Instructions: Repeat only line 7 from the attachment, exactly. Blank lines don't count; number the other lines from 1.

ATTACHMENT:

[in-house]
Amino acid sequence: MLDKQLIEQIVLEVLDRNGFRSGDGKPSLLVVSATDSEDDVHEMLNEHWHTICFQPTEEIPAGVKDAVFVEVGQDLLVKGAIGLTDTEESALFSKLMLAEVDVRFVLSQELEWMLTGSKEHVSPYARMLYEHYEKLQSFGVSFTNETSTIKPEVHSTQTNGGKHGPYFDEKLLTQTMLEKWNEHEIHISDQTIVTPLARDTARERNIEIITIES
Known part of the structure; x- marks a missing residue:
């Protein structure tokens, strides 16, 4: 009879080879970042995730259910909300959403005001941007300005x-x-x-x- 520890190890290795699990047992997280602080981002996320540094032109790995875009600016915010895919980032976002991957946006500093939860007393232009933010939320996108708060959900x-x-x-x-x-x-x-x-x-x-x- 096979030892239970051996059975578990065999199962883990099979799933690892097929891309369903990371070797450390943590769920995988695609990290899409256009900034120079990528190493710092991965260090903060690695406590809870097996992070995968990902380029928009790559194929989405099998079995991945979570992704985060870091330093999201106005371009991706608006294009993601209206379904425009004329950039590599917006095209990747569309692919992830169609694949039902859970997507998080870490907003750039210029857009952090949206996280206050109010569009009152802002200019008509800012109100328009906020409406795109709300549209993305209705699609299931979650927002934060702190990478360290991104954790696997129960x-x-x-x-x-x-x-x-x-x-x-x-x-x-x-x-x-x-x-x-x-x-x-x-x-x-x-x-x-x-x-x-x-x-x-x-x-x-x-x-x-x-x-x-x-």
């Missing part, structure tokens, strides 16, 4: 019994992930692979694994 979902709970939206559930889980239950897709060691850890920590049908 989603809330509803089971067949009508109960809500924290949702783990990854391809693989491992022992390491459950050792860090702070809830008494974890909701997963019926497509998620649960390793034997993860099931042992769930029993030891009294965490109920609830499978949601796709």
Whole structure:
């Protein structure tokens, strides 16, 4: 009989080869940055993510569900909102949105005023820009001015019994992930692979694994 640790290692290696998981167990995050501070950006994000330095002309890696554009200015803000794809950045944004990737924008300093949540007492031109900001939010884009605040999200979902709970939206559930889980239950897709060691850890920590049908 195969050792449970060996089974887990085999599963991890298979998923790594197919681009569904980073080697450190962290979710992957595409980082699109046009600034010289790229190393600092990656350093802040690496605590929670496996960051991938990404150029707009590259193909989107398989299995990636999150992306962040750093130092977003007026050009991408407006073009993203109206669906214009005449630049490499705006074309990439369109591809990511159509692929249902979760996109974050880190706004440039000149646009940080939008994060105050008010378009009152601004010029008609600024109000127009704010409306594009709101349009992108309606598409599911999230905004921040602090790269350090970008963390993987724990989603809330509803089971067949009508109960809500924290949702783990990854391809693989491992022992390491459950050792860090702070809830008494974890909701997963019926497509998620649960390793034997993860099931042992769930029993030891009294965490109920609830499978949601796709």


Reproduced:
């Protein structure tokens, strides 16, 4: 009989080869940055993510569900909102949105005023820009001015019994992930692979694994 640790290692290696998981167990995050501070950006994000330095002309890696554009200015803000794809950045944004990737924008300093949540007492031109900001939010884009605040999200979902709970939206559930889980239950897709060691850890920590049908 195969050792449970060996089974887990085999599963991890298979998923790594197919681009569904980073080697450190962290979710992957595409980082699109046009600034010289790229190393600092990656350093802040690496605590929670496996960051991938990404150029707009590259193909989107398989299995990636999150992306962040750093130092977003007026050009991408407006073009993203109206669906214009005449630049490499705006074309990439369109591809990511159509692929249902979760996109974050880190706004440039000149646009940080939008994060105050008010378009009152601004010029008609600024109000127009704010409306594009709101349009992108309606598409599911999230905004921040602090790269350090970008963390993987724990989603809330509803089971067949009508109960809500924290949702783990990854391809693989491992022992390491459950050792860090702070809830008494974890909701997963019926497509998620649960390793034997993860099931042992769930029993030891009294965490109920609830499978949601796709």